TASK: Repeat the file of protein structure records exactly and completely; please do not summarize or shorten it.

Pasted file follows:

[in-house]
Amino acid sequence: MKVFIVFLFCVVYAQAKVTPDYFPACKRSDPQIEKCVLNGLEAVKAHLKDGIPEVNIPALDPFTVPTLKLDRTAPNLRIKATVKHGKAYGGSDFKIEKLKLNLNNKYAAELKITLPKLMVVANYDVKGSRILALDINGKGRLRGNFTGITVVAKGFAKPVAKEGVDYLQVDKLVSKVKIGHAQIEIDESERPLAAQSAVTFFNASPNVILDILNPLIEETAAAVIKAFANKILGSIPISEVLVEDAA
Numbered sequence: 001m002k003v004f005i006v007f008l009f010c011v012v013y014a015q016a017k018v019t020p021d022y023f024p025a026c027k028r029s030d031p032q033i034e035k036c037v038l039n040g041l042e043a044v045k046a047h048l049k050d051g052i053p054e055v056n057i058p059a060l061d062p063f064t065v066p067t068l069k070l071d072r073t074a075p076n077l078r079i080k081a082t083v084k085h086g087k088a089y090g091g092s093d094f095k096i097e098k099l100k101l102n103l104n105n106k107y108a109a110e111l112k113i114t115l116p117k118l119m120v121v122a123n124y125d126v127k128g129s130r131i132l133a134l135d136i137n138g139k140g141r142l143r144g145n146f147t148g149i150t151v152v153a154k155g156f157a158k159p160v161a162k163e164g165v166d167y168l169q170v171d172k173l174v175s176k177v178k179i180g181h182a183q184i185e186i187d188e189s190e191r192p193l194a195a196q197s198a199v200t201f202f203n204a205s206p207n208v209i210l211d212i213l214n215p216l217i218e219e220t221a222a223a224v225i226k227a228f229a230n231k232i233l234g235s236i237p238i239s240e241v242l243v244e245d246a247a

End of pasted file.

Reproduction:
[in-house]
Amino acid sequence: MKVFIVFLFCVVYAQAKVTPDYFPACKRSDPQIEKCVLNGLEAVKAHLKDGIPEVNIPALDPFTVPTLKLDRTAPNLRIKATVKHGKAYGGSDFKIEKLKLNLNNKYAAELKITLPKLMVVANYDVKGSRILALDINGKGRLRGNFTGITVVAKGFAKPVAKEGVDYLQVDKLVSKVKIGHAQIEIDESERPLAAQSAVTFFNASPNVILDILNPLIEETAAAVIKAFANKILGSIPISEVLVEDAA
Numbered sequence: 001m002k003v004f005i006v007f008l009f010c011v012v013y014a015q016a017k018v019t020p021d022y023f024p025a026c027k028r029s030d031p032q033i034e035k036c037v038l039n040g041l042e043a044v045k046a047h048l049k050d051g052i053p054e055v056n057i058p059a060l061d062p063f064t065v066p067t068l069k070l071d072r073t074a075p076n077l078r079i080k081a082t083v084k085h086g087k088a089y090g091g092s093d094f095k096i097e098k099l100k101l102n103l104n105n106k107y108a109a110e111l112k113i114t115l116p117k118l119m120v121v122a123n124y125d126v127k128g129s130r131i132l133a134l135d136i137n138g139k140g141r142l143r144g145n146f147t148g149i150t151v152v153a154k155g156f157a158k159p160v161a162k163e164g165v166d167y168l169q170v171d172k173l174v175s176k177v178k179i180g181h182a183q184i185e186i187d188e189s190e191r192p193l194a195a196q197s198a199v200t201f202f203n204a205s206p207n208v209i210l211d212i213l214n215p216l217i218e219e220t221a222a223a224v225i226k227a228f229a230n231k232i233l234g235s236i237p238i239s240e241v242l243v244e245d246a247a